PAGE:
Deal for Local Control of St. Louis Police Flies in Face of Conventional Logic

Local Control, the movie.
Local Control, the movie.
St. Louis City Hall and the St. Louis Police Officers Association announced yesterday that they've struck a deal that could return control of the department back to the city for the first time in 150 years.

In doing so, the city bucked a nationwide trend by guaranteeing St. Louis police officers the right to bargain collectively for wages and benefits. In recent months Wisconsin, Indiana, Nebraska and several other states have all passed or considered legislation to prohibit public employees from collective bargaining. Last week, Detroit warned its teachers union that it could drop its collective-bargaining agreement.

In all those instances the rationale is the same: Cash-strapped governments can no longer afford the generous benefits and guaranteed pensions that come through collective bargaining.

Apparently, though, St. Louis doesn't have those same problems. Never mind that $10 million budget deficit.

In the past, Mayor Francis Slay has been a frequent critic of runaway pension costs for the city's fire department and police pensions. Last month the city threatened to terminate the jobs of 30 fire fighters in anticipation of having to pay $4.7 million this coming fiscal year to make up for losses in their pension. This year the city will have to spend $2.5 million to plug shortcomings in the police department's pension.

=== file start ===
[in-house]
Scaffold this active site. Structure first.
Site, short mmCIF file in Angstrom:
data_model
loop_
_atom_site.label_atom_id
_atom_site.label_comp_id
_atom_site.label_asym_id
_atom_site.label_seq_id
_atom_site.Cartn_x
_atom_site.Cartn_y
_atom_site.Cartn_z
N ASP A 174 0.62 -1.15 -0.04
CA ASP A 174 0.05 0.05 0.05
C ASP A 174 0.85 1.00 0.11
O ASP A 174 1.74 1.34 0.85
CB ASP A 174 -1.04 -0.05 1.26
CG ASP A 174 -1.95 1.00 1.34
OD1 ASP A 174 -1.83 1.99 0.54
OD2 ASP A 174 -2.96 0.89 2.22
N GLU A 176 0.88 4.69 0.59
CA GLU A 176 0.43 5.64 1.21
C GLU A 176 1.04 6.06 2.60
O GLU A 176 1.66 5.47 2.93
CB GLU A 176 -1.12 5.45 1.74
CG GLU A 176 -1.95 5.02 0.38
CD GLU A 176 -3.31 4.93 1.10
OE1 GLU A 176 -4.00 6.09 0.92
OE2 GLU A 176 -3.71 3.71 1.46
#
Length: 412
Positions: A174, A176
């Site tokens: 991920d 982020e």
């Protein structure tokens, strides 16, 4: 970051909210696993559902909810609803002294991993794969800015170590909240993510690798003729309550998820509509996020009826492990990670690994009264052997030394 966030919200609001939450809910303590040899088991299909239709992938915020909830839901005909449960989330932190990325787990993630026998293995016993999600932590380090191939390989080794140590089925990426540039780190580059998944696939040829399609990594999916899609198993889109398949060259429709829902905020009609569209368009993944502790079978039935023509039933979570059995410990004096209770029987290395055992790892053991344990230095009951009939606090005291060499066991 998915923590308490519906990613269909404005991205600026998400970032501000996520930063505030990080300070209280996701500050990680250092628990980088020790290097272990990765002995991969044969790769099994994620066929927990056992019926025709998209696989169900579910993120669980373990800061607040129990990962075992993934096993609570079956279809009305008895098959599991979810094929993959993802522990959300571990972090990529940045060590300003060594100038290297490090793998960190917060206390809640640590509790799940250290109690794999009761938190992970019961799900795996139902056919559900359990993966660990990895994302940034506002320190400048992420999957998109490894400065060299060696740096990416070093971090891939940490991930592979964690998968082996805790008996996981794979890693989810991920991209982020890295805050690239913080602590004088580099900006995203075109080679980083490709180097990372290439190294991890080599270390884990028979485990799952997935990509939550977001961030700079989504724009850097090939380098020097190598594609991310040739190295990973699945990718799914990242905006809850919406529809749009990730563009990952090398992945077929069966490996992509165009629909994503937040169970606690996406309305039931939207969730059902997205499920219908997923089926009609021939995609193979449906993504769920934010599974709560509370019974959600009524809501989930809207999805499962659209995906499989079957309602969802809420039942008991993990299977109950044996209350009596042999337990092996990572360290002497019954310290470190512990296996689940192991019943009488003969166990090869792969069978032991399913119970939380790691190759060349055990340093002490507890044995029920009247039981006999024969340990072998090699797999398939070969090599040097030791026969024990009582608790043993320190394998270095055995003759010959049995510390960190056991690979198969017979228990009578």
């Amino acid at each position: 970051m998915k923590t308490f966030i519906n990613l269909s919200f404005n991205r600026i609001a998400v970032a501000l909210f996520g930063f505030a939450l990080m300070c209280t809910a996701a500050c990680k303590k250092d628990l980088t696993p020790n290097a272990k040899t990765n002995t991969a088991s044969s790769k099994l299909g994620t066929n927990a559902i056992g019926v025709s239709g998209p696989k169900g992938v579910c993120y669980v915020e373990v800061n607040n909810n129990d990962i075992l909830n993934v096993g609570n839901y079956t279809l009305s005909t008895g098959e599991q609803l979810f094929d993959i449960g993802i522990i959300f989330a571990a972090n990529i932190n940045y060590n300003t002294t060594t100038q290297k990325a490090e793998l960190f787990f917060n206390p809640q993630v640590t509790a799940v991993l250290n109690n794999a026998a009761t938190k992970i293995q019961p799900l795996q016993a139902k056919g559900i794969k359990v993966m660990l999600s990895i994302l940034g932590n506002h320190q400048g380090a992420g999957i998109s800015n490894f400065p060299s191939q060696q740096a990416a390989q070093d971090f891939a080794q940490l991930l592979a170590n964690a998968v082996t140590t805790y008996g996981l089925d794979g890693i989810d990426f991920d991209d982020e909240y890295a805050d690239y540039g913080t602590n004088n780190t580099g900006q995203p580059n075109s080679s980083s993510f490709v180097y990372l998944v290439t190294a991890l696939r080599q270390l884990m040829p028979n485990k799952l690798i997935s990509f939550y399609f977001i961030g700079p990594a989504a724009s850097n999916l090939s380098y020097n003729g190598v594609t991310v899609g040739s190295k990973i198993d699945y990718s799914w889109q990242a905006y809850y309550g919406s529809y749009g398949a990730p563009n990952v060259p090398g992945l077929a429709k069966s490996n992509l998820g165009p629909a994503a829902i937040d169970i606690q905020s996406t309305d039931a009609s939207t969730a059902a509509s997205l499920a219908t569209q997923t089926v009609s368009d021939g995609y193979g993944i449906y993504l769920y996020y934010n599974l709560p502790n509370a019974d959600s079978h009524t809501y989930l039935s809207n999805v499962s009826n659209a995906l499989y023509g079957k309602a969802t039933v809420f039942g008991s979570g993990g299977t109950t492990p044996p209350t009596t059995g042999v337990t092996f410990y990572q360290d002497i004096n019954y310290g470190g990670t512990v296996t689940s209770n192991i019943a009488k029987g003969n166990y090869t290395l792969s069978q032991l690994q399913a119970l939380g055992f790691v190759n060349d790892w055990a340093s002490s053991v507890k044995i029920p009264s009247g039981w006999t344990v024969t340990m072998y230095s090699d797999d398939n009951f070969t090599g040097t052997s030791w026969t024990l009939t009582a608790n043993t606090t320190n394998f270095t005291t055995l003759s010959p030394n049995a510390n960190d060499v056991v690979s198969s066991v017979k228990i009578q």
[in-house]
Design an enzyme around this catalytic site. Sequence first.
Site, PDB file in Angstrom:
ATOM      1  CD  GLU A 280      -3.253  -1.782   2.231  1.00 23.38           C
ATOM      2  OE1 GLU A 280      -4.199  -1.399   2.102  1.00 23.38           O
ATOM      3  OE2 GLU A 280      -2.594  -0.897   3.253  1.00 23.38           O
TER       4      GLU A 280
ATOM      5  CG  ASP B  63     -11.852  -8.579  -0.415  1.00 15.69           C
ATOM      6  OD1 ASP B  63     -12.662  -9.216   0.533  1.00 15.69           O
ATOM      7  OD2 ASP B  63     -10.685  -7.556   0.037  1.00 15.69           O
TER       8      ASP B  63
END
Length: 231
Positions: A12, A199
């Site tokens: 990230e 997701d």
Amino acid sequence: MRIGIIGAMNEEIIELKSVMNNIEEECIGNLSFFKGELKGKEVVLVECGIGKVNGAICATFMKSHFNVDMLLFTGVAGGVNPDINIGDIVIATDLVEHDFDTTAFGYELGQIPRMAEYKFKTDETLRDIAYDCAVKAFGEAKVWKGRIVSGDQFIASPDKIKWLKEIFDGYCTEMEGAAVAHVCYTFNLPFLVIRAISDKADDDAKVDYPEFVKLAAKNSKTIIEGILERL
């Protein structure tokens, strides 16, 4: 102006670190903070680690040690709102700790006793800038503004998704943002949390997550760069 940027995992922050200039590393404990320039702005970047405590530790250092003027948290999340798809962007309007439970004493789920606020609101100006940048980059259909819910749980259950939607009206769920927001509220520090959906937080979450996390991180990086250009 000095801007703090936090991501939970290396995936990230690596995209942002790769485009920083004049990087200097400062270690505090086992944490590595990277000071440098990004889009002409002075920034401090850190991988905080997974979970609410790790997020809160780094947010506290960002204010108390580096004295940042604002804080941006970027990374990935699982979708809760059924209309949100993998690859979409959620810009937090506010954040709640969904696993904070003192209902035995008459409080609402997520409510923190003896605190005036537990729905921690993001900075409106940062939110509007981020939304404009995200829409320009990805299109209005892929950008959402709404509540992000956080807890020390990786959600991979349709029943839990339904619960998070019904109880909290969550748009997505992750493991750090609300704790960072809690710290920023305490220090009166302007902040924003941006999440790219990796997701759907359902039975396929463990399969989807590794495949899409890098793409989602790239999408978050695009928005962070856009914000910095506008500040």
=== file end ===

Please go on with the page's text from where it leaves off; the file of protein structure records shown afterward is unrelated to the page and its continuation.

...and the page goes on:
Meanwhile, for police officers, it's like the Great Recession never happened. Officers can still retire after 20 years of service (or age 55, whichever occurs first) and receive full retirement benefits for life. How many of you in the private sector would enjoy that kind of sweetheart deal?

That said, it make no sense (and, yes, less cents) for the city to guarantee collective bargaining under its new deal to regain local control over the cops. Yet in his blog yesterday, Mayor Slay stated that he's unconcerned about the collective-bargaining angle.

"Collective bargaining is much more than haggling over pay and working conditions," wrote Slay. "If done in good faith, it represents a partnership that will improve morale among officers, improve the effectiveness of the department, and result in safer city neighborhoods."

The key words there, of course, are "done in good faith." But can you really expect such good faith from a police union that's done everything it can to scuttle local control, from making up outrageous stories about city aldermen planning to raid the police pension fund and -- worse still -- stoking racial prejudices?  I don't think so.

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